Sounds of War: Music in the United States during World War II

Overview

What role did music play in the United States during World War II? How did composers reconcile the demands of their country and their art as America mobilized both militarily and culturally for war?

Annegret Fauser explores these and many other questions in the first in-depth study of American concert music during World War II. While Dinah Shore, Duke Ellington, and the Andrew Sisters entertained civilians at home and G.I.s abroad with swing and boogie-woogie, Fauser shows it ...

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Sounds of War: Music in the United States during World War II

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Overview

What role did music play in the United States during World War II? How did composers reconcile the demands of their country and their art as America mobilized both militarily and culturally for war?

Annegret Fauser explores these and many other questions in the first in-depth study of American concert music during World War II. While Dinah Shore, Duke Ellington, and the Andrew Sisters entertained civilians at home and G.I.s abroad with swing and boogie-woogie, Fauser shows it was classical music that truly distinguished musical life in the wartime United States. Classical music in 1940s America had a ubiquitous cultural presence—whether as an instrument of propaganda or a means of entertainment, recuperation, and uplift—that is hard to imagine today, and Fauser suggests that no other war enlisted culture in general and music in particular so consciously and unequivocally as World War II. Indeed, the day after the attack on Pearl Harbor, Group Theatre director Harold Clurman wrote to his cousin, Aaron Copland: "So you're back in N.Y. . . ready to defend your country in her hour of need with lectures, books, symphonies!" Copland was in fact involved in propaganda missions of the Office of War Information, as were Marc Blitzstein, Elliott Carter, Henry Cowell, Roy Harris, and Colin McPhee. It is the works of these musical greats—as well as many other American and exiled European composers who put their talents to patriotic purposes—that form the core of Fauser's enlightening account.

Drawing on music history, aesthetics, reception history, and cultural history, Sounds of War recreates the remarkable sonic landscape of the World War II era and offers fresh insight to the role of music during wartime.

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Editorial Reviews

From the Publisher
"Clear and well-researched, [this book draws] on a great many archival sources... Recommended." —Choice

"[B]oth eminently readable and grounded in an astounding amount of archival research...highly recommended." —Journal of Cold War Studies

"Annegret Fauser has devoted the recent phases of her distinguished career to exploring how circumstances of cultural contact affect the making of music. . . . Her new book, Sounds of War: Music in the United States during World War II, extends this broadly contextual approach into the American orbit. It is a major contribution to the field." — Music and Letters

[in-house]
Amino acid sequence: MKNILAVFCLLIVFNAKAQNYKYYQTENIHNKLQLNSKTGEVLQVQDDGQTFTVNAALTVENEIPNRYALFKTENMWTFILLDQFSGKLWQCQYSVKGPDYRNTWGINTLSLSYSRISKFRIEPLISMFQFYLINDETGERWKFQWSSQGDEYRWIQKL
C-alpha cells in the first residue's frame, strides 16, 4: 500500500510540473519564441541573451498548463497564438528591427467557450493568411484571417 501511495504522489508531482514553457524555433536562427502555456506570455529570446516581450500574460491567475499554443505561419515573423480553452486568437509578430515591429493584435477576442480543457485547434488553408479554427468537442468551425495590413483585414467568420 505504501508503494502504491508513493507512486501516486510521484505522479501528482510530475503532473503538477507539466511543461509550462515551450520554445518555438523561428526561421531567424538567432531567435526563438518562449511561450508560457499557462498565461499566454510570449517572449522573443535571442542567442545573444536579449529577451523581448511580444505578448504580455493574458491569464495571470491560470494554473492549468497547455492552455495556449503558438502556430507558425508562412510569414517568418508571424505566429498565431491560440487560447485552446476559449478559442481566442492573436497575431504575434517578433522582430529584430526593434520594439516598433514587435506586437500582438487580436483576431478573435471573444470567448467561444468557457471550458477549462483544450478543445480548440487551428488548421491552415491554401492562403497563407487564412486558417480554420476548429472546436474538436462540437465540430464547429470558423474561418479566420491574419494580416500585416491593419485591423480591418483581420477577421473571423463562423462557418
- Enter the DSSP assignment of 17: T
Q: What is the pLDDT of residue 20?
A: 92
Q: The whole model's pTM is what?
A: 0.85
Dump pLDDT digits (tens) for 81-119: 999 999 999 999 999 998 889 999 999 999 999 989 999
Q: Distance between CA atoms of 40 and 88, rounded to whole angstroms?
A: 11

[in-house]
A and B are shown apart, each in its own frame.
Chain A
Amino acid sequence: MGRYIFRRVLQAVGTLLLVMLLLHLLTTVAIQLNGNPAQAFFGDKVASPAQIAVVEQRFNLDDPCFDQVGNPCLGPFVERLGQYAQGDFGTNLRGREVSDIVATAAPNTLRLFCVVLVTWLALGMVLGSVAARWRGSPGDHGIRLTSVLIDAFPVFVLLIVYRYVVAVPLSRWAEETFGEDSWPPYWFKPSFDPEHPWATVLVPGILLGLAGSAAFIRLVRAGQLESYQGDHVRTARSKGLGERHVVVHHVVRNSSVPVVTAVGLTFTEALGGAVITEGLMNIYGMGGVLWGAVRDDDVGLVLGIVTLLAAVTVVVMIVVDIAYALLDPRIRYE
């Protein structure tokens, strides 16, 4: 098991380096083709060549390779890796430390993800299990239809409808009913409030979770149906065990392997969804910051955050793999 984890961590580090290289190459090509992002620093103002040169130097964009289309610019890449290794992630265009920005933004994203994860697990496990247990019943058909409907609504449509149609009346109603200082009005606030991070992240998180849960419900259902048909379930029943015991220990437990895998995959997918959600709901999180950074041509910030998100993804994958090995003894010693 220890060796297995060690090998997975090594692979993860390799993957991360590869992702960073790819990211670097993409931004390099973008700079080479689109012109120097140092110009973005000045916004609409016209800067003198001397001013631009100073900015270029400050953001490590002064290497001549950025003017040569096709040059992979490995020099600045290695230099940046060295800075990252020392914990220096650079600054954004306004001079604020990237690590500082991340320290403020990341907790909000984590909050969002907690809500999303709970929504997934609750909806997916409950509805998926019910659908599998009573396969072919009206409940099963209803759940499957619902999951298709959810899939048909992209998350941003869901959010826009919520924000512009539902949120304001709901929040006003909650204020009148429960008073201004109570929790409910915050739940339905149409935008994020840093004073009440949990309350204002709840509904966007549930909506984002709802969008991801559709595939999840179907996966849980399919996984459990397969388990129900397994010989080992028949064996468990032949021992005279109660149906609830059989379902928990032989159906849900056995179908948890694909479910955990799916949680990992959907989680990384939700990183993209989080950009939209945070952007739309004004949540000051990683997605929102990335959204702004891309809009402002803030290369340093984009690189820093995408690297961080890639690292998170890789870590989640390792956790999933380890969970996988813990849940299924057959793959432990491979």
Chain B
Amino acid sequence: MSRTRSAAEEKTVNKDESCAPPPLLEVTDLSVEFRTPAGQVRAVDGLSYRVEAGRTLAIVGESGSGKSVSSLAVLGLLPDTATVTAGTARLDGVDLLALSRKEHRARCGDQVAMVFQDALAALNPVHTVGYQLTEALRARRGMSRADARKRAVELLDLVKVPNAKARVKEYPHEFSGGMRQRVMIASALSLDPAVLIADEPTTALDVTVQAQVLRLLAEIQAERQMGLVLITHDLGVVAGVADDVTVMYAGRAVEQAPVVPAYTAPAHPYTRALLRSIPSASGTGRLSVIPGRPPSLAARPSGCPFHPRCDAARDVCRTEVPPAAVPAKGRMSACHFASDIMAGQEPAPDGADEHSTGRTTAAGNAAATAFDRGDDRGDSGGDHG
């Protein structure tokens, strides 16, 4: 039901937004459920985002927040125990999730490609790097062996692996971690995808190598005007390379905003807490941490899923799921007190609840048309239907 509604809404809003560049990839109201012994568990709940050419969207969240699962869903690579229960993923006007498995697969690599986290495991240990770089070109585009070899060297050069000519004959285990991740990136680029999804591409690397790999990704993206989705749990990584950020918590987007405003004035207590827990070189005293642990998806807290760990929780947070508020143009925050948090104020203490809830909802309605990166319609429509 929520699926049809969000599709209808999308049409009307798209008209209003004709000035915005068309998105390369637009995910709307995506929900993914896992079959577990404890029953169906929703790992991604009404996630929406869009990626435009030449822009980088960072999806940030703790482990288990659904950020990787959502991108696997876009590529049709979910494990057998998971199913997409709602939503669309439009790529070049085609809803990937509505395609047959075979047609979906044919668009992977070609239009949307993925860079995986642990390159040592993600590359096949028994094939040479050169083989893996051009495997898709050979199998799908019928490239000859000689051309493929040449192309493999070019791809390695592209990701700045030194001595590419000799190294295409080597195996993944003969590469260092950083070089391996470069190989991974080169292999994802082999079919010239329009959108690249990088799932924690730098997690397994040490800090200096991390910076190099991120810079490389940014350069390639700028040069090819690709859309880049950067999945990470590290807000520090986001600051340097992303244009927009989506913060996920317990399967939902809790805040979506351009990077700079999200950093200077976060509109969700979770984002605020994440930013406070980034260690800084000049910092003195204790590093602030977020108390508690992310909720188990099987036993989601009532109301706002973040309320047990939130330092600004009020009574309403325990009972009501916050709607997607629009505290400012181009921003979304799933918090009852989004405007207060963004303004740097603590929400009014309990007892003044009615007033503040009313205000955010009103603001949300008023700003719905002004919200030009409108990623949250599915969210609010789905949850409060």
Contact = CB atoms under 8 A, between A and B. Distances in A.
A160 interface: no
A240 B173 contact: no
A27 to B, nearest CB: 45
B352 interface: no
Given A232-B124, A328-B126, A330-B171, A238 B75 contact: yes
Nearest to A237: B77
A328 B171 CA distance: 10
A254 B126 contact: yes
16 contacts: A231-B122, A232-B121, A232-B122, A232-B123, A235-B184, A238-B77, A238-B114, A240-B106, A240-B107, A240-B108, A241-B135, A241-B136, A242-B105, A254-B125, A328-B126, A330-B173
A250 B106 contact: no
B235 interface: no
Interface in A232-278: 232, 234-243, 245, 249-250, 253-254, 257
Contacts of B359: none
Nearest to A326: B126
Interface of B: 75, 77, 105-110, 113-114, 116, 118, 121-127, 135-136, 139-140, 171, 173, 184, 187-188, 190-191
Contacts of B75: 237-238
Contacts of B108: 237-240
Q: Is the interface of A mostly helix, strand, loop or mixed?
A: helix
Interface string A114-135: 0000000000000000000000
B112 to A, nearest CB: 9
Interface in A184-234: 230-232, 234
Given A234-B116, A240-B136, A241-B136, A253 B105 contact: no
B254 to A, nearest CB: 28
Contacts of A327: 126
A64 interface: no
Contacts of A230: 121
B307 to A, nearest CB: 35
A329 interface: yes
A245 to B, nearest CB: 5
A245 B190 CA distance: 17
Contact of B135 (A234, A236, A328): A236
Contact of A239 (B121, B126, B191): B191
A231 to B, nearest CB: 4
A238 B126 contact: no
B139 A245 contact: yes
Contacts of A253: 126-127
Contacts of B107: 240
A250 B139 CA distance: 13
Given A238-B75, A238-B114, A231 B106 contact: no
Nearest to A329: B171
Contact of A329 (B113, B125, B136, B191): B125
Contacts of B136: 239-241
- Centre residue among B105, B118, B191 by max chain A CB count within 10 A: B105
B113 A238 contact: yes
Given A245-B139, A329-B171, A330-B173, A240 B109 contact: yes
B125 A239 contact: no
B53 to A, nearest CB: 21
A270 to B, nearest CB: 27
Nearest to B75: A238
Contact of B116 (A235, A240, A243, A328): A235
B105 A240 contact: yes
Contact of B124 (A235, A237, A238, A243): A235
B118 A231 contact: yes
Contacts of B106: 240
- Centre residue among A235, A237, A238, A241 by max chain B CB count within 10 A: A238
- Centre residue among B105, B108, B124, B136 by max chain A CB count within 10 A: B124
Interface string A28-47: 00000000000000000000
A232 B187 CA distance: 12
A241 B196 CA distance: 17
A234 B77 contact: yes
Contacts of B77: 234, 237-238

"...Eminently readable and grounded in an astounding amount of archival research. It is recommended to cultural historians and musicians alike." — Journal of Cold War Studies

" [A] formidable book. It presents itself already as a benchmark not only for research about music during World War II but also for work on all music during all wars. . . . Fauser's book presents a point of reference as much for questions of methodology as for its empirical contributions, and not only for the history of the United States." — Transposition: Musique et Sciences Sociales

"Annegret Fauser looks beyond the commonplace memories of swing and Sinatra, touching on the mainstream embrace of classical music by way of addressing her main theme: the employment of "serious" composers and musicians in the war effort." — Milwaukee Express

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Product Details

  • ISBN-13: 9780199948031
  • Publisher: Oxford University Press
  • Publication date: 5/21/2013
  • Pages: 384
  • Product dimensions: 9.30 (w) x 6.20 (h) x 1.30 (d)

Meet the Author

Annegret Fauser is Professor of Music and Adjunct Professor of Women's Studies at the University of North Carolina-Chapel Hill. She is author of Musical Encounters at the 1889 Paris World's Fair and co-editor of Music, Theater and Cultural Transfer: Paris 1813-1914.

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Table of Contents

Table of Contents
Acknowledgments
Abbreviations
Introduction
Chapter 1: "We, as Musicians, are Soldiers, too..."
Musicians in Uniform
Performing for Victory
Composition in the War Effort
Cultural Mediators and Educators
Chapter 2: "Shaping Music for Total War"
Music in the Service of Propaganda: The Office of War Information
Crossing Borders: Music, Diplomacy, and the State Department
The Singing Army: Uplift and Education for a Nation
Music Therapy and the "Reconditioning" of Soldiers
Chapter 3: "I Hear America Singing..."
Sounds of a Usable Past
Salutes to American Folk Song
Voicing Opera in America
Chapter 4: "The Great Invasion"
Exile Experiences
French Connections, Czech Identities
Refugees from Axis Nations
Chapter 5: "Hail Muse Americana!"
Commemoration and Patriotic Celebration
Celebrating the American Way
New World Symphonies
Works Cited

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